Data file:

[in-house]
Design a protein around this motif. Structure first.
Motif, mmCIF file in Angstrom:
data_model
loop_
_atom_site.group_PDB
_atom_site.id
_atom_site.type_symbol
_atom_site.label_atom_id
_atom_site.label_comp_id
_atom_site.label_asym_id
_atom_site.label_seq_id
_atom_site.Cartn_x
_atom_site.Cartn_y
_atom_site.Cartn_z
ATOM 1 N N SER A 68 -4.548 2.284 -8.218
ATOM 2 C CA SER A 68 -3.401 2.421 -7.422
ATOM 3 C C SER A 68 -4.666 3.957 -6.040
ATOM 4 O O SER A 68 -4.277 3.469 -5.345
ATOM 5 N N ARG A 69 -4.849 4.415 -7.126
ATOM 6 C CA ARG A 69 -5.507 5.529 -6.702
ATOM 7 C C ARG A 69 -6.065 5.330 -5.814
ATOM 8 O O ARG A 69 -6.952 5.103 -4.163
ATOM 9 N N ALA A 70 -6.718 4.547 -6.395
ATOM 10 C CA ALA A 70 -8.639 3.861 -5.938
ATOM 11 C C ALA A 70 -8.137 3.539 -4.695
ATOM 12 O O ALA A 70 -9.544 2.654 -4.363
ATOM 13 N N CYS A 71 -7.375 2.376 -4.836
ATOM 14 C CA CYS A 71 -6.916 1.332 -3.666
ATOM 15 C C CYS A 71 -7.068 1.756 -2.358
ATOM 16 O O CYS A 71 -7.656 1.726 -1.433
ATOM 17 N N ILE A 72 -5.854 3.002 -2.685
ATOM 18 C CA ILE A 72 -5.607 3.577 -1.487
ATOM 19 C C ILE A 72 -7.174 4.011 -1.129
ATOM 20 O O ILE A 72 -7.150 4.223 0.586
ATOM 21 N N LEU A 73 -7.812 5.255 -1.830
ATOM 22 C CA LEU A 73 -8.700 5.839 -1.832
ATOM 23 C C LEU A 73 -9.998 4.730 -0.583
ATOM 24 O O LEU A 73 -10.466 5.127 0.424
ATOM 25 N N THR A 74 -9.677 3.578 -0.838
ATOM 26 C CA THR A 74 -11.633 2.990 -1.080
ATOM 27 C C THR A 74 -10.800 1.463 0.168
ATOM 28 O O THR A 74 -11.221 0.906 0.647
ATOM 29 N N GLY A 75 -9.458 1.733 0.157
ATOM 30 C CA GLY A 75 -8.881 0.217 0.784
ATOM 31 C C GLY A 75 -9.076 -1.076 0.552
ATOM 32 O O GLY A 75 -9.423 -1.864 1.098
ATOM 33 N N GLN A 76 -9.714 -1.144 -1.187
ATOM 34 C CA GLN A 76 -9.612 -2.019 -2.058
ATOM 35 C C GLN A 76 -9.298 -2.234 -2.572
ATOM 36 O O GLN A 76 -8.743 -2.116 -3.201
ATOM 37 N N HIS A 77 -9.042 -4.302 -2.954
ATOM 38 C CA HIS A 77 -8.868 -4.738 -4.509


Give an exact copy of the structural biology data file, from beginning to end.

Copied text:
[in-house]
Design a protein around this motif. Structure first.
Motif, mmCIF file in Angstrom:
data_model
loop_
_atom_site.group_PDB
_atom_site.id
_atom_site.type_symbol
_atom_site.label_atom_id
_atom_site.label_comp_id
_atom_site.label_asym_id
_atom_site.label_seq_id
_atom_site.Cartn_x
_atom_site.Cartn_y
_atom_site.Cartn_z
ATOM 1 N N SER A 68 -4.548 2.284 -8.218
ATOM 2 C CA SER A 68 -3.401 2.421 -7.422
ATOM 3 C C SER A 68 -4.666 3.957 -6.040
ATOM 4 O O SER A 68 -4.277 3.469 -5.345
ATOM 5 N N ARG A 69 -4.849 4.415 -7.126
ATOM 6 C CA ARG A 69 -5.507 5.529 -6.702
ATOM 7 C C ARG A 69 -6.065 5.330 -5.814
ATOM 8 O O ARG A 69 -6.952 5.103 -4.163
ATOM 9 N N ALA A 70 -6.718 4.547 -6.395
ATOM 10 C CA ALA A 70 -8.639 3.861 -5.938
ATOM 11 C C ALA A 70 -8.137 3.539 -4.695
ATOM 12 O O ALA A 70 -9.544 2.654 -4.363
ATOM 13 N N CYS A 71 -7.375 2.376 -4.836
ATOM 14 C CA CYS A 71 -6.916 1.332 -3.666
ATOM 15 C C CYS A 71 -7.068 1.756 -2.358
ATOM 16 O O CYS A 71 -7.656 1.726 -1.433
ATOM 17 N N ILE A 72 -5.854 3.002 -2.685
ATOM 18 C CA ILE A 72 -5.607 3.577 -1.487
ATOM 19 C C ILE A 72 -7.174 4.011 -1.129
ATOM 20 O O ILE A 72 -7.150 4.223 0.586
ATOM 21 N N LEU A 73 -7.812 5.255 -1.830
ATOM 22 C CA LEU A 73 -8.700 5.839 -1.832
ATOM 23 C C LEU A 73 -9.998 4.730 -0.583
ATOM 24 O O LEU A 73 -10.466 5.127 0.424
ATOM 25 N N THR A 74 -9.677 3.578 -0.838
ATOM 26 C CA THR A 74 -11.633 2.990 -1.080
ATOM 27 C C THR A 74 -10.800 1.463 0.168
ATOM 28 O O THR A 74 -11.221 0.906 0.647
ATOM 29 N N GLY A 75 -9.458 1.733 0.157
ATOM 30 C CA GLY A 75 -8.881 0.217 0.784
ATOM 31 C C GLY A 75 -9.076 -1.076 0.552
ATOM 32 O O GLY A 75 -9.423 -1.864 1.098
ATOM 33 N N GLN A 76 -9.714 -1.144 -1.187
ATOM 34 C CA GLN A 76 -9.612 -2.019 -2.058
ATOM 35 C C GLN A 76 -9.298 -2.234 -2.572
ATOM 36 O O GLN A 76 -8.743 -2.116 -3.201
ATOM 37 N N HIS A 77 -9.042 -4.302 -2.954
ATOM 38 C CA HIS A 77 -8.868 -4.738 -4.509